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Lock Picking is an incredibly exciting and powerful skill, but it can be fairly daunting for a beginner when faced with such a huge range of tools and techniques.
In this article I have put my decades of experience using and supplying lock picks to help you know where to start, and what tools and techniques the beginner can learn quickly, and start opening locks like a pro. Let's go!
In this list I have not included guides, books etc. We have a variety of guides for various lock picking techniques, including our exceptionally good and well respected eBook about Single Pin Picking. Using a combination of such a book, and information that can be found on YouTube etc, there's enough information out there for you to know the theory or lock picking, so here I am focusing on the practice, the tools a beginner should consider when venturing into this incredible skill.
1 - Lock Picks
Lock Picking proper, the idea most people have and what we see in the movies, is known as Single Pin Picking (SPP) and does exactly what it says on the tin, you pick the pins individually until the lock opens. It takes practice and knowledge, but if you're prepared to put the time in and get quality tools, there's no reason why you shouldn't be picking locks SPP within days, if not hours. And this technique will open the most locks.
So you need a set of picks and there are many available. As a beginner I would suggest you look for the following: A good range of picks and tension tools. Many beginners also have trouble holding picks so perhaps look at a set with handles, or consider getting a set of handles which you can slip onto your picks. Read the reviews and see what other customers have said. We are blessed with very honest customers who leave helpful feedback, so equip yourself with a good set of picks and you're ready to go. I will add that cheap is not always cheerful, and you'll get a better quality small set than a larger set for a cheaper price.
2 - Practice Locks
Having taught literally 100s of people to pick locks I am still yet to find a better method than practice locks. Coming as both clear and cut-away, these are locks that allow you to see and understand the way a lock works, how the mechanism moves and how it responds to both the correct key and your lock picks. Practice locks can be studied as you pick and you can later choose to cover them with a piece of tape, hiding the springs and pins and putting your newfound knowledge to the test.
3 - Lock Rakes
Raking is a technique everyone should learn. It's quick, relatively simple to learn, and will have you opening locks in hours, if not minutes. Most people will learn to rake before they learn SPP as it's good for morale to see some locks opening quickly. There are a variety of raking techniques, and there are a selection of tools. While most raking techniques can be tackled with some standard picks, there are some amazing sets of just rakes which I would definitely recommend to a beginner. If an entire set is beyond your budget there are many individual rakes that are superb and definitely worth a look. If you're on a tight budget, when you're selecting your lock pick set and want to get involved with raking too - look for a set with a decent selection of rakes.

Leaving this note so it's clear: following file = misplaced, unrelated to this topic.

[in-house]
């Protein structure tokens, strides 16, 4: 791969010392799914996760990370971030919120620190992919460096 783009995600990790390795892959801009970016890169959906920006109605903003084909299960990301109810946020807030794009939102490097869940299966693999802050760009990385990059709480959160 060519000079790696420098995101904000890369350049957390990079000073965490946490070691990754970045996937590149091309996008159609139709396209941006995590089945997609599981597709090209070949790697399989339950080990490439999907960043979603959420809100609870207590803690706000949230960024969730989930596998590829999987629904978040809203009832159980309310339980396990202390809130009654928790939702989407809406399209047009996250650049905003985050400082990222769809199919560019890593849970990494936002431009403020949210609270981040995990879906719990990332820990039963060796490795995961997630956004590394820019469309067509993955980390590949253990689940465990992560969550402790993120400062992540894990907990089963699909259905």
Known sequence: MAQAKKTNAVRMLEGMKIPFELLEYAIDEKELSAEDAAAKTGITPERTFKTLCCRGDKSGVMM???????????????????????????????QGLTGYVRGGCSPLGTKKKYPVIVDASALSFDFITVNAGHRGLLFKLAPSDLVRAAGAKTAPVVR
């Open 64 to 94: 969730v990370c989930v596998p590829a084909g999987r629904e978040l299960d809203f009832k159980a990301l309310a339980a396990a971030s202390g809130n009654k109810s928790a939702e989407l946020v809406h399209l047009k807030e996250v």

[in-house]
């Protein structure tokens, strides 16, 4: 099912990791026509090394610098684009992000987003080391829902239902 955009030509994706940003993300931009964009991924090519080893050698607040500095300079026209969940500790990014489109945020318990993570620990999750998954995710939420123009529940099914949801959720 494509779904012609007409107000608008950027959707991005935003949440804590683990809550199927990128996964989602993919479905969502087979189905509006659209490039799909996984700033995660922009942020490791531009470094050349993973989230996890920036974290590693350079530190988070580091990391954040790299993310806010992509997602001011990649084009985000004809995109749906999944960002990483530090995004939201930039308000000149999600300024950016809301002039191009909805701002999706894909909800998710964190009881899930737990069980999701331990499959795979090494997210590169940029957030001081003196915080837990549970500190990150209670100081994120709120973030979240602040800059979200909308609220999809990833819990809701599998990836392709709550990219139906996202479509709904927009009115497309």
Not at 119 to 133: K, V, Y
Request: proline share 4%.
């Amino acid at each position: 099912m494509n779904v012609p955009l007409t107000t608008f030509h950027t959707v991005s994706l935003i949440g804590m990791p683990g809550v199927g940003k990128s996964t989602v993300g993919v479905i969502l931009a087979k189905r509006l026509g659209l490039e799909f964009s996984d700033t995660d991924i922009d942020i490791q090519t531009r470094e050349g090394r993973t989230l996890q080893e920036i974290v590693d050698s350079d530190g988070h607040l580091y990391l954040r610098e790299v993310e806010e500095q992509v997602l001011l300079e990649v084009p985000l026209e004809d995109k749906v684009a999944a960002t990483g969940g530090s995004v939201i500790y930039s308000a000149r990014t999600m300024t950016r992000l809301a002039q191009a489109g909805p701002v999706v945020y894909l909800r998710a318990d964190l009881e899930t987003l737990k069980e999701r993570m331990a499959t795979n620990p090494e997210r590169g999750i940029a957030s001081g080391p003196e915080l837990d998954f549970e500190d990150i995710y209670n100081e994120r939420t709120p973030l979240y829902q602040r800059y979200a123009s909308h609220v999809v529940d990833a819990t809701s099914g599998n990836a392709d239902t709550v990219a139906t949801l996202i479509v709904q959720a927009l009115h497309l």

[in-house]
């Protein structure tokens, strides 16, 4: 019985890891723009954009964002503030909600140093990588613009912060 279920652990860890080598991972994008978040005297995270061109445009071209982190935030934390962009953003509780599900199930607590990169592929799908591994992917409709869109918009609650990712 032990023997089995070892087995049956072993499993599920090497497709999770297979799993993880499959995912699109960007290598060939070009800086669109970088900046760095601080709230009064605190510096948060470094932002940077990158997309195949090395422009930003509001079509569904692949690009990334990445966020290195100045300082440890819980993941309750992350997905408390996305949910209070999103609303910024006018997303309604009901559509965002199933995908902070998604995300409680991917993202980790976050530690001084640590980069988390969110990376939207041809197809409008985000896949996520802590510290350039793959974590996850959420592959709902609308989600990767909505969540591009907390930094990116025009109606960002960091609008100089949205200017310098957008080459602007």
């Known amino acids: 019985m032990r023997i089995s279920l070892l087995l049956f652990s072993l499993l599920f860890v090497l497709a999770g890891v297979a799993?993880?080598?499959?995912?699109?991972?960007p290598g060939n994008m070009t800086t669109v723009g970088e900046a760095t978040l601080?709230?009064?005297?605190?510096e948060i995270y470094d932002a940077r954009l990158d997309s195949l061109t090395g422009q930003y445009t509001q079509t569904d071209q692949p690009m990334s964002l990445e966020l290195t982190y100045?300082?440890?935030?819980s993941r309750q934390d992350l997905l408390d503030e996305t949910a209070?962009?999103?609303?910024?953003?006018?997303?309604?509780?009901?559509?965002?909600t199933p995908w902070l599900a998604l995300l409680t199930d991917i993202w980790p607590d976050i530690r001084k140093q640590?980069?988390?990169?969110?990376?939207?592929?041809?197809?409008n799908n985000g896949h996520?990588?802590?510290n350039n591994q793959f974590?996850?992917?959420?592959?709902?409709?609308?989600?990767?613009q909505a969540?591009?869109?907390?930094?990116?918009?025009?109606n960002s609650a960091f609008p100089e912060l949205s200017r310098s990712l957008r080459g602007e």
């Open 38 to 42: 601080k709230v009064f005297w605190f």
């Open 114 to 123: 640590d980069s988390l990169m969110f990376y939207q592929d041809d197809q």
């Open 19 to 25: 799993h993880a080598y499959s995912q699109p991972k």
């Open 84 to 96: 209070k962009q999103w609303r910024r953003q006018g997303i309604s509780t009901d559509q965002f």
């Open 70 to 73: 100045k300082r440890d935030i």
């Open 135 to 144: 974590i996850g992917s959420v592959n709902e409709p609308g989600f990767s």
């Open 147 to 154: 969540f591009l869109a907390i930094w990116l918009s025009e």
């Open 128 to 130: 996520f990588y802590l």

4 - Pick Guns
A pick gun is an early essential as it gives you a very different approach to opening locks than SPP and raking. Pick Guns work by flicking a thin needle at the pins while you apply tension. after several flicks of the needle you very frequently have 'set' all the pins and the lock opens. Because Pick Guns rely on the flicks of the needle, Electronic Pick Guns (EPGs) work better and faster than manual pick guns, although a decent manual pick gun is worth having in your collection. Being a successful lock picker is all about having a variety of tools and techniques you can approach a lock with. Since no picking tool or technique is 100% and since some locks won't respond to one technique but will to another, its worth having a variety of approaches, and a pick gun is a must.
5 - Bypass Tools
A bypass tool is opens locks in another way that doesn't tend to include manipulating the pins such as a pick gun, raking, or SPP does. For instance, rather than picking a car door lock there's the Goldfinger and Air Wedges kit, which allows you to create a gap between the door and roof of the car to insert a rod, and then pull, push, or grab a handle. There's bypass tools that you slip right past the pins to engage the cam of the lock directly and others that work with the wheels of combination padlocks. I would suggest a beginner start with a bypass tool like MICA. This is the real version of the old 'credit card trick' from movies. MICA is a material that is very flexible and very strong, meaning it can slip round the right angles of a door frame and be brought down on the curved latch of a front door lock. This simple trick is so effective I have opened literally 100s of locked doors using this technique.
So there you go - a few thoughts for someone new to lock picking. Remember, if you're totally new to this amazing skill that just keeps giving, if you like the challenge, maybe enjoy puzzles (each lock is a new puzzle!) you can even buy sets with a few picks, some rakes, a guide and some practice locks.
So it doesn't have to be daunting, and you're no longer in the dark, or, if you want any further advice, please write to us at firstname.lastname@example.org and we'll be happy to help you work out the best kit for your requirements.
Chris from UK Bump Keys